“This is still an undervalued portfolio,” Hedgeye’s Flavin said. “Kate Spade has continued to stay very strong and you are starting to see an inflection point at both Juicy Couture and Lucky Brand. Those brands are at an early stage of turnaround.”
Designer Deborah Lloyd, who helped rejuvenate Burberry Group Plc, has turned the Kate Spade brand around with more- sophisticated handbags, costume jewelry and apparel such as bright, printed dresses. Fourth-quarter sales at Kate Spade, which now has 50 full-priced stores, soared 73 percent to $110 million from a year earlier.
Juicy Couture, which posted a 15 percent drop in sales to $161 million last quarter, was showing encouraging sales trends in the first few months of this year, McComb said Feb. 29. Known for its velour sweatsuits, Juicy Couture operates 78 stores.
The 179-store Lucky Brand business posted a 23 percent gain to $137 million in sales in the most recent quarter. A revitalization of the denim-based business has been spearheaded by David DeMattei, who was hired away from Williams-Sonoma Inc.
Liz Claiborne’s product lines could lure strategic bidders such as VF or Warnaco, said Mary Ross Gilbert, an analyst at Imperial in Los Angeles. New York-based Warnaco, which has controlled the license to sell Calvin Klein jeans since the 1990s, said last month that it wants to add “another power brand or brands” to its portfolio.
VF as Buyer
“They could have interest in any one of these brands,” Gilbert said in a phone interview. Kate Spade and Juicy Couture could attract VF and possibly Warnaco because of the “huge opportunities for growth globally, not only within the core business as it stands today, but the prospects of having subcategory brands and continued category expansion.”
VF could also benefit from adding each of Liz Claiborne’s three premium brands to its apparel lines, which include the Ella Moss and Wrangler labels, said Monness’s Chartier, who is based in New York.
“They have a denim business that Lucky could fit in and they’re looking to expand their offering of high-end brands, where Juicy and Kate would fit,” he said in a phone interview.
Wendi Kopsick, a spokeswoman for Warnaco, said the company doesn’t comment on speculation. Cindy Knoebel, a spokeswoman for Greensboro, North Carolina-based VF, said the company doesn’t comment on specific acquisition opportunities.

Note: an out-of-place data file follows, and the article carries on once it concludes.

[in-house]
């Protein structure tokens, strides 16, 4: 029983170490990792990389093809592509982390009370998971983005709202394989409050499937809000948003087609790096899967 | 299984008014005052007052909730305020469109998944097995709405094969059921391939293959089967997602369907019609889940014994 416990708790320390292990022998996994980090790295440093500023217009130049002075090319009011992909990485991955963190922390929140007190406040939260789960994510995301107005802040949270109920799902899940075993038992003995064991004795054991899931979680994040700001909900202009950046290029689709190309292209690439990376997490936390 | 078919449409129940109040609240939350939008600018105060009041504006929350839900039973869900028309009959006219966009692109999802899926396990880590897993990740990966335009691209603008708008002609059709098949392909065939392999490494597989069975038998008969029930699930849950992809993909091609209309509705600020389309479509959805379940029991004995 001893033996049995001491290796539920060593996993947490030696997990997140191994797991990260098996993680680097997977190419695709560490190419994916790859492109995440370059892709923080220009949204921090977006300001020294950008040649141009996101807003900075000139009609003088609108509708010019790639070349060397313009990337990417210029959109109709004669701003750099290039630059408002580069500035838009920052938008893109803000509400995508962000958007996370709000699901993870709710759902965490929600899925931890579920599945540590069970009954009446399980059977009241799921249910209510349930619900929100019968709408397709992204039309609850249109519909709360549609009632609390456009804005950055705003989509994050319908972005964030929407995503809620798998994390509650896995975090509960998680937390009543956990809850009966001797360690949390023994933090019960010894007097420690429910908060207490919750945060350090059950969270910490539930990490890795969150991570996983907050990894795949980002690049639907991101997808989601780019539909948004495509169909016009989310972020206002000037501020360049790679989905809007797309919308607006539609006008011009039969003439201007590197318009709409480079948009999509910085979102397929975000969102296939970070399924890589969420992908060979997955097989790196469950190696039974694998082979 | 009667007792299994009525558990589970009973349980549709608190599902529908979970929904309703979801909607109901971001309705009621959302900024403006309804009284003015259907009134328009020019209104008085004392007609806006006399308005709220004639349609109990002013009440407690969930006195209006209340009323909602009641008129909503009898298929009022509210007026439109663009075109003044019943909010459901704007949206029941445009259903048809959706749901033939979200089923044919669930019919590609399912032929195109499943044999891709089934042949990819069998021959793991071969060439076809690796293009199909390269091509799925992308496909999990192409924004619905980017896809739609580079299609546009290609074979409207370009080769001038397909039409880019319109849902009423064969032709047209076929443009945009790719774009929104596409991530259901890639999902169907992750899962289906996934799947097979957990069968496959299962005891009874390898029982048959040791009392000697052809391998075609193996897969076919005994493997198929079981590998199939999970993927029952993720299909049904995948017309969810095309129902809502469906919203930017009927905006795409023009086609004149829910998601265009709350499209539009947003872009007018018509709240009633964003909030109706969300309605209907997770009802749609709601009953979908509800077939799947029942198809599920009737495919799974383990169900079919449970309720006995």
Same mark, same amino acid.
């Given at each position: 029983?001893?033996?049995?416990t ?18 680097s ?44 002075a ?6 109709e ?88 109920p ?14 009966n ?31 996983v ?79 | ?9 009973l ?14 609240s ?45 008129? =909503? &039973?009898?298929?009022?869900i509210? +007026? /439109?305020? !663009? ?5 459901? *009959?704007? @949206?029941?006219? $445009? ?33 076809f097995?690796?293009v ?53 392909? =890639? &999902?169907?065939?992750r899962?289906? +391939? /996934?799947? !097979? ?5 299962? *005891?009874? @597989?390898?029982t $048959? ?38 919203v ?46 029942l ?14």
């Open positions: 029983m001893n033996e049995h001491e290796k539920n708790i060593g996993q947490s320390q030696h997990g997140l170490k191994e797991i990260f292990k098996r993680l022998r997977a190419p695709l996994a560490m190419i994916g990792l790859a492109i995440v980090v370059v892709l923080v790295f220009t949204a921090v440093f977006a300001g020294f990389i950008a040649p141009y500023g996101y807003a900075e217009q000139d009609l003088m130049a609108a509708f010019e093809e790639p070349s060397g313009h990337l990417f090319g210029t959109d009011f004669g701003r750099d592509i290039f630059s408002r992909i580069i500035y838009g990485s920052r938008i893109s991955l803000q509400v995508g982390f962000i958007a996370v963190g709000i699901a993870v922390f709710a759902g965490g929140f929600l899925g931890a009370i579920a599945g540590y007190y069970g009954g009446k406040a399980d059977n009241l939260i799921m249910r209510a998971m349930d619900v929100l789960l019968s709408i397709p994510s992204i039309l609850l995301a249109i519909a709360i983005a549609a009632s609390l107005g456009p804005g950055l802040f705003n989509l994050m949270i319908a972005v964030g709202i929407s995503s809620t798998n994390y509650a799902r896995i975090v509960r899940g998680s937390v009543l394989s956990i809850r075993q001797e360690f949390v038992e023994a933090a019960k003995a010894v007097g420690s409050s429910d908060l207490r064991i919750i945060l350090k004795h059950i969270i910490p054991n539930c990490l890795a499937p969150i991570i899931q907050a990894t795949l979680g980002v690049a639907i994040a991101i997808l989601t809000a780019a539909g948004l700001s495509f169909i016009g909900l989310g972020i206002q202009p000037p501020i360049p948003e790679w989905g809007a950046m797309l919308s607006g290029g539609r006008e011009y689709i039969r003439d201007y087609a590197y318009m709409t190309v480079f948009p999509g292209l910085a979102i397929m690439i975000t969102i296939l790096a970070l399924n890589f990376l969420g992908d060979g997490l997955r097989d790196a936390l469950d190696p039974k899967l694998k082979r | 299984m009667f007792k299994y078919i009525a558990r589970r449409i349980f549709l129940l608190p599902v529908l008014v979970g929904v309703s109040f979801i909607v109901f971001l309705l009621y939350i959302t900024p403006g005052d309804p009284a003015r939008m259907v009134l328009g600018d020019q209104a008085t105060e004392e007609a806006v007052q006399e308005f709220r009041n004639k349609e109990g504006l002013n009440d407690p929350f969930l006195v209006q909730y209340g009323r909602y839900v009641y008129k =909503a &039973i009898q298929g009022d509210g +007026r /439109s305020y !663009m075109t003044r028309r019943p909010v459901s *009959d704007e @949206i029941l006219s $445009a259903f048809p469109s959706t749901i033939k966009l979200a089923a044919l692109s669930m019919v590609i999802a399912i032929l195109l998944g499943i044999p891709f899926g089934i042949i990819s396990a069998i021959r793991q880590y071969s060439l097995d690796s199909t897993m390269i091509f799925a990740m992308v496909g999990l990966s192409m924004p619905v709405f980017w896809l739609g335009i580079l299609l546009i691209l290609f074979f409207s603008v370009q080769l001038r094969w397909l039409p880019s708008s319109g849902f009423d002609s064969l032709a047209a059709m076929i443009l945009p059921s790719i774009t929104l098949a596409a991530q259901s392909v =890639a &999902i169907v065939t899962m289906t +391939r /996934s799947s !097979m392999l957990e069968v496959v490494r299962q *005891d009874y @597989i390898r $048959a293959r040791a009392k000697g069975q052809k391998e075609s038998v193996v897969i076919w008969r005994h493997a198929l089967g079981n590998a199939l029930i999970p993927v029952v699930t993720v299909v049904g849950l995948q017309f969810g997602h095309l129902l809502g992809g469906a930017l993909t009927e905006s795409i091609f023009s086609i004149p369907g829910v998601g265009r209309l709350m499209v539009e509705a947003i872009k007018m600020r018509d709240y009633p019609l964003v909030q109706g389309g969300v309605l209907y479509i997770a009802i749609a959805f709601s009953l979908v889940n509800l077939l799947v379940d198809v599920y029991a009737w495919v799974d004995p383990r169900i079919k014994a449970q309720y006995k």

“Having said that, we have also stated that we remain interested in pursuing additional acquisitions, but primarily in the outdoor and action sports category,” she said in an e-mail.
While the company’s valuation and its brands may attract buyers, Liz Claiborne may not be a willing seller right now, said Corinna Freedman, an analyst at Wedbush Securities Inc. in New York.
“I don’t think that Bill McComb, who’s put in blood, sweat and tears over the last five to six years, would be willing to walk away after finally getting the company in the position where he wants it to be,” Freedman said in a phone interview. “Now, since they’ve whittled the company down to these three brands, it’s a totally new ballgame.”
Still, an acquirer may be willing to pay more than $20 a share for Liz Claiborne, according to Imperial’s Gilbert and Hedgeye’s Flavin, a 62 percent premium to yesterday’s closing price. Chartier at Monness said a takeout price of $20 is “definitely reasonable.”
Private-equity firms could bid as much as $21 a share, Gilbert estimates, using a sum-of-the-parts analysis.
“What private equity sees is an opportunity to capture the tremendous growth opportunity for themselves,” Gilbert said. “The stock trades at a big discount to its implied value. They would take it private, let the company realize their growth strategy, and then bring it to market later.”
Each of Liz Claiborne’s labels functions independently and has its own brand-level executives, which could entice a private-equity firm looking to buy the whole company and then sell the individual brands, said Chartier. Kate Spade is worth $2 billion, Juicy Couture $350 million and Lucky Brand $250 million, Flavin estimated.
“They’re all standalone businesses,” Chartier said. “Private equity could buy the company and then sell off parts of the acquisition whenever they see fit. So they’d pay for Kate Spade, but you’re getting a big opportunity to do something with Lucky and Juicy and turn those businesses around.”